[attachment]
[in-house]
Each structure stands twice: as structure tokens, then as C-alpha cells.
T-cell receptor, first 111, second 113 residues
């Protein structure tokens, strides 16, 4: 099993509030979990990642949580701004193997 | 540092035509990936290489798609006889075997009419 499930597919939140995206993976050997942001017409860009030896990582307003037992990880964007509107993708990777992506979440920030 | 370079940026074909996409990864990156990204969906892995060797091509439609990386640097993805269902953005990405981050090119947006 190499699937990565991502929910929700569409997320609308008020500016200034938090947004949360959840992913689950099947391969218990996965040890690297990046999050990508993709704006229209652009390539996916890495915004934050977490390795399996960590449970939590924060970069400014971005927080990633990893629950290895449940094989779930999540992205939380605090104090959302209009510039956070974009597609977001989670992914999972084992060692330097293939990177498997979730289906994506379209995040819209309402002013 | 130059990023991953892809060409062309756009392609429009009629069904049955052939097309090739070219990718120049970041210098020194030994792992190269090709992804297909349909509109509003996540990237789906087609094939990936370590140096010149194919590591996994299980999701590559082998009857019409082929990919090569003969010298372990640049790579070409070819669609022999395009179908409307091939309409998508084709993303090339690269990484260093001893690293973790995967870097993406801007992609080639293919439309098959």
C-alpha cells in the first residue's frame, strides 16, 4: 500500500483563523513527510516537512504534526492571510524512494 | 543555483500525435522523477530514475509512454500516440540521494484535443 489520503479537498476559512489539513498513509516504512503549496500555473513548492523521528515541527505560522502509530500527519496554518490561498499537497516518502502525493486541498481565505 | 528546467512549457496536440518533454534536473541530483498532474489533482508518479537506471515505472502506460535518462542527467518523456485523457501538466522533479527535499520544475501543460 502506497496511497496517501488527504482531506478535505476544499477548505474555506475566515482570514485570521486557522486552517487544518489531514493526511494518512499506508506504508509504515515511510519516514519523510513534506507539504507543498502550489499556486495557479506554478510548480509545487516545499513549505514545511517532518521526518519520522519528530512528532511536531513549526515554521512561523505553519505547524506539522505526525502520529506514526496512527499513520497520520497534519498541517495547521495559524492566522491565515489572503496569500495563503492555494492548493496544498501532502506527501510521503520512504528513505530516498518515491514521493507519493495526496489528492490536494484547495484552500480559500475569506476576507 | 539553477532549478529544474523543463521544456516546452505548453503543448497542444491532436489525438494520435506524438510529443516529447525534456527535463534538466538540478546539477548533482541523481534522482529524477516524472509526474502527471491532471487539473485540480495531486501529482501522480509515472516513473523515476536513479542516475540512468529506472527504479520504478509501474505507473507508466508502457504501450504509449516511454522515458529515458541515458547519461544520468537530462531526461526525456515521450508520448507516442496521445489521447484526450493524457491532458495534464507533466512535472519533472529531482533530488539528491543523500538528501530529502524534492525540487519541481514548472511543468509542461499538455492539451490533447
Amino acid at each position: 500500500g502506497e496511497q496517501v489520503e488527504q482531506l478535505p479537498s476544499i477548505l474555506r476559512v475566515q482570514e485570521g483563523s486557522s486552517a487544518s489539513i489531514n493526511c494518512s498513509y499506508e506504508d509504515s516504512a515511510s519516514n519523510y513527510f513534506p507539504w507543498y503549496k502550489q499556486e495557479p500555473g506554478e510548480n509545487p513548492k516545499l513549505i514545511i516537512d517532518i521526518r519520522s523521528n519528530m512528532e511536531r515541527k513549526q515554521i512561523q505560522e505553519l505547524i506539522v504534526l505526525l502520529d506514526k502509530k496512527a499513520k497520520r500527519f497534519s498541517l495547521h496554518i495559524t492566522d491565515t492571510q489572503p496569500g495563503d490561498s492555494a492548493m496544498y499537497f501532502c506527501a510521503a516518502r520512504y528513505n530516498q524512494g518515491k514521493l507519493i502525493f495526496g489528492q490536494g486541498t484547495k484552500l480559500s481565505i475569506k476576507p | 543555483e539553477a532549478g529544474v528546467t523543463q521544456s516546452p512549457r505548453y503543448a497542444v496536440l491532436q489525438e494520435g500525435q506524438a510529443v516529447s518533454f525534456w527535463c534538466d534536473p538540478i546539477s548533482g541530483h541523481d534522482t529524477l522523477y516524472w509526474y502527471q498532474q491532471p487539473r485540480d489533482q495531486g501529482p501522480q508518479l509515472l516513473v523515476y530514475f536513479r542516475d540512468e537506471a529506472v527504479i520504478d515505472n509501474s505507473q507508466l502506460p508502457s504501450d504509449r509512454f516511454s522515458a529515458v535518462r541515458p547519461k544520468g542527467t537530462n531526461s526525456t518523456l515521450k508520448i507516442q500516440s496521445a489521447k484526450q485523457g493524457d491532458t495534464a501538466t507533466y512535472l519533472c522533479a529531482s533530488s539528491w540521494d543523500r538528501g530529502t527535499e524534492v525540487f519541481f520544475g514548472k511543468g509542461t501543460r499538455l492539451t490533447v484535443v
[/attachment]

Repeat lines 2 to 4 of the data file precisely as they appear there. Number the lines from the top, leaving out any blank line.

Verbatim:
Each structure stands twice: as structure tokens, then as C-alpha cells.
T-cell receptor, first 111, second 113 residues
């Protein structure tokens, strides 16, 4: 099993509030979990990642949580701004193997 | 540092035509990936290489798609006889075997009419 499930597919939140995206993976050997942001017409860009030896990582307003037992990880964007509107993708990777992506979440920030 | 370079940026074909996409990864990156990204969906892995060797091509439609990386640097993805269902953005990405981050090119947006 190499699937990565991502929910929700569409997320609308008020500016200034938090947004949360959840992913689950099947391969218990996965040890690297990046999050990508993709704006229209652009390539996916890495915004934050977490390795399996960590449970939590924060970069400014971005927080990633990893629950290895449940094989779930999540992205939380605090104090959302209009510039956070974009597609977001989670992914999972084992060692330097293939990177498997979730289906994506379209995040819209309402002013 | 130059990023991953892809060409062309756009392609429009009629069904049955052939097309090739070219990718120049970041210098020194030994792992190269090709992804297909349909509109509003996540990237789906087609094939990936370590140096010149194919590591996994299980999701590559082998009857019409082929990919090569003969010298372990640049790579070409070819669609022999395009179908409307091939309409998508084709993303090339690269990484260093001893690293973790995967870097993406801007992609080639293919439309098959």